Medicine From The Trenches

Experiences from medical school, residency and beyond.

Going Premed…

(The above photo is me in front of a poster as a graduate student)
At some point in your life, you have made a conscious decision to pursue medicine as a career. For me, that decision came after spending a couple of years doing research with and attending grand rounds with a very high-output cardiologist. At the time, I was far older than many of the professors in most medical schools yet alone the students but I was intrigued by the science and craft of medicine. My cardiologist mentor encouraged me to apply to medical school (after a bachelors degree in chemistry&biology + graduate study in biochemistry) as I definitely had more than mastered the pre-med coursework and had a strong interest in the direct application of my then research (ischemia/reperfusion effects on cell-cell communication).

For most medical students, the decision to pursue medical school comes in high school (or early undergraduate). They sign up for the pre-med classes: one year of general biology with lab; one year of general chemistry with lab; one year of organic chemistry with lab and one year of general physics with lab. In addition, most universities require humanities in addition to science in order to receive a degree. Biology is by far, the most popular major for most pre-med students but definitely not a necessity. Any major (from music to American studies) is a good major for pre-med as long as you are interested in the subject matter and as long as you thoroughly master the pre-med sciences.

For most pre-medical students, freshman year is occupied with General Biology, General Chemistry, English, History, math and a foreign language. Sophomore year is occupied with Organic Chemistry, General Physics and other general education requirements. Sometime during the sophomore year, a major is declared and so forth. The important things to consider are getting your general education requirements out of the way and doing exceptionally well in your coursework.

I was very fortunate to have attended a very strong secondary school. When I entered university, I had already taken Differential and Integral Calculus. My math course freshman year was Differential Equations. I had decided to pursue a double major in Biology with Math as a minor since I was interested in the subject matter. My interests in Biology were along the lines of organismal biology (comparative anatomy, parasitology, histology, cell physiology, biochemistry) and my math interests were very strong. I ended up taking Differential Equations, Applied Differential Equations, Advanced Calculus and Higher Algebra in addition to seminar. The bottom line was that I was passionately interested in this coursework because I was interested in being an excellent scientist and researcher.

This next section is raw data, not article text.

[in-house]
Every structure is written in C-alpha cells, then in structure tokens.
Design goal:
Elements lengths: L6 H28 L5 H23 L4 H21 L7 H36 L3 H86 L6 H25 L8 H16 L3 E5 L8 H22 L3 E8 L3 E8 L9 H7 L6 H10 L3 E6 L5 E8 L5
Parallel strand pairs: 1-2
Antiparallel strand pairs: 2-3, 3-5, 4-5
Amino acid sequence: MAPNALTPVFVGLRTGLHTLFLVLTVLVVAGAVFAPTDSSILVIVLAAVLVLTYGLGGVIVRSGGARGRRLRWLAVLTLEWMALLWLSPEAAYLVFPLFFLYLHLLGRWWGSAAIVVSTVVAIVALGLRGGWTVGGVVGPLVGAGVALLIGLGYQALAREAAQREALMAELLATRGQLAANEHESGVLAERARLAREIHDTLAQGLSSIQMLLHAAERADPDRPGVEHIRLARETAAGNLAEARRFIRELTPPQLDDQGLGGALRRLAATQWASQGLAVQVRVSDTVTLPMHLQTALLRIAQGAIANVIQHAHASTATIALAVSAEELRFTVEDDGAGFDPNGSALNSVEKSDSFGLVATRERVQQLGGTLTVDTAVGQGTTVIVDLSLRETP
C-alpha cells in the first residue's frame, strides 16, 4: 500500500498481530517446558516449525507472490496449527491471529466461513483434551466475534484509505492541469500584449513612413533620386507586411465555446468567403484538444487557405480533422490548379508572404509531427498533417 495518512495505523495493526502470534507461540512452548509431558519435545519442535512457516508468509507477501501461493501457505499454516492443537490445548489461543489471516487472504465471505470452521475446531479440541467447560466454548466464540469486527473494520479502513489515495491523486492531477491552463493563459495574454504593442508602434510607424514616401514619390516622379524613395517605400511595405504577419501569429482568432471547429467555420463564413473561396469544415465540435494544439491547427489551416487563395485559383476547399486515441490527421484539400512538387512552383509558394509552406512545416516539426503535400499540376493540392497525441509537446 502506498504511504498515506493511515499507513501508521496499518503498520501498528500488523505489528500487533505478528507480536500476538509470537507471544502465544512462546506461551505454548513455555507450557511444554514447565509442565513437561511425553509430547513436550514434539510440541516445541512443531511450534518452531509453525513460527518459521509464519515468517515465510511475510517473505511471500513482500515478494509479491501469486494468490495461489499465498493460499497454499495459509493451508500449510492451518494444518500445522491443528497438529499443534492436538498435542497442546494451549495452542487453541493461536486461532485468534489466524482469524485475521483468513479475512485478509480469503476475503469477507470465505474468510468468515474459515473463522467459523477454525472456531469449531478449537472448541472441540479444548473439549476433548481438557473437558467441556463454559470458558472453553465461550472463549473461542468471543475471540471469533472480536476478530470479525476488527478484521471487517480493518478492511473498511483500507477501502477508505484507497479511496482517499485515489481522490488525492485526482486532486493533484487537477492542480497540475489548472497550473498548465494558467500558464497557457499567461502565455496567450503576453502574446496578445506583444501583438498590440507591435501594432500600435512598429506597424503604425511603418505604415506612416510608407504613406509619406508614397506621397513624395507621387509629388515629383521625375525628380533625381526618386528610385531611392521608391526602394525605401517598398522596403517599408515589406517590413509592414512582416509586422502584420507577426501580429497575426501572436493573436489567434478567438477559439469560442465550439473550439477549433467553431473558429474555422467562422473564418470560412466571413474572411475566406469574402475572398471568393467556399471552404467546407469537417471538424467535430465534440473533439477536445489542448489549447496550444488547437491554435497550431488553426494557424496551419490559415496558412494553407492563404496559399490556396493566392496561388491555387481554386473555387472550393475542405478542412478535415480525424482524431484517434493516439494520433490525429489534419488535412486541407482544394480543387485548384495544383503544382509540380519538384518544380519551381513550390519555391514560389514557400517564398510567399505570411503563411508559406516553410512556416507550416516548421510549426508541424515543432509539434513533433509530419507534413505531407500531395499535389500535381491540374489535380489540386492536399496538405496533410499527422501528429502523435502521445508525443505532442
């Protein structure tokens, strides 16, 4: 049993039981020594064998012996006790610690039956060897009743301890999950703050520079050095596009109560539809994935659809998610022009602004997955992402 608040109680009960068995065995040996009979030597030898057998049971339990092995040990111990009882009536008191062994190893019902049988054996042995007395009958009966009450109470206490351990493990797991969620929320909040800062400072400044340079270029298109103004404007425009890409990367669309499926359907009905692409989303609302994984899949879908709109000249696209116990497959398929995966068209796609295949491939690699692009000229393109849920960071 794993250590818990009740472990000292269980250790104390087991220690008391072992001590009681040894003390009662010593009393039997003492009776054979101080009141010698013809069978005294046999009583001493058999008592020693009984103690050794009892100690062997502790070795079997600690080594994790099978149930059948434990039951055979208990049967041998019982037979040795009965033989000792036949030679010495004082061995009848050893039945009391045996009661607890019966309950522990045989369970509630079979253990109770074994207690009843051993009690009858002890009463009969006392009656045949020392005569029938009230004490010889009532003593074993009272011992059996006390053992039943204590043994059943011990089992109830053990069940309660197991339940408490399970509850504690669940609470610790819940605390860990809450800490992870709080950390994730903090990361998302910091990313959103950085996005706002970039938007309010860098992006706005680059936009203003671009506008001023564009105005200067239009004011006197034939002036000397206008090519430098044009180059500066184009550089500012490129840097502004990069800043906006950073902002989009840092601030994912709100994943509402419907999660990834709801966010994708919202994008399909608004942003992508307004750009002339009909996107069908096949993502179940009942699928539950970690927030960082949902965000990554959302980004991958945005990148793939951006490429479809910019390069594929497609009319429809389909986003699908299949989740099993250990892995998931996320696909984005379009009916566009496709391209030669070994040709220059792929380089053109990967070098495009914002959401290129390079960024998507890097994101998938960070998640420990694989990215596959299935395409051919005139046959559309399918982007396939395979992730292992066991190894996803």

At the time, I had no interest in medical school but a huge interest in the subject matter of science. This interest coupled with my study skills, enabled me to thoroughly master the subject matter of my coursework. I cared less about my grades and more about making sure that I knew everything that had been presented in these classes. It was during my freshman and sophomore years that I began to hone my study methods that would later serve me well in both graduate and medical school.

In organic chemistry, my performance in this class was not about getting an “A” but about making sure that I learned the theory and craft of organic chemistry. I made sure that I knew as much about the chemistry of carbon-containing compounds as possible in addition to the basics that I needed to devise synthetic themes. Organic chemistry started with an overview of types of bonding that carbon would participate in along with the introduction of families of compounds. Each family had their own synthetic reactions which intertwined to give more and more synthetic possibilities. My favorite means of devising a synthetic scheme was to take the final compound and work backward to the starting material. I was especially adept at anything that contained an alcohol (-OH) group.

In terms of organic chemistry and other coursework, I did not learn in isolation. All of my coursework was interrelated and contained valuable tools for my future work as a researcher. I never considered any course in isolation. General Chemistry contained principles that were useful in Organic. My math courses were quite useful in Physics for understanding how these principles were studied and developed. For some reason, I always saw the big picture.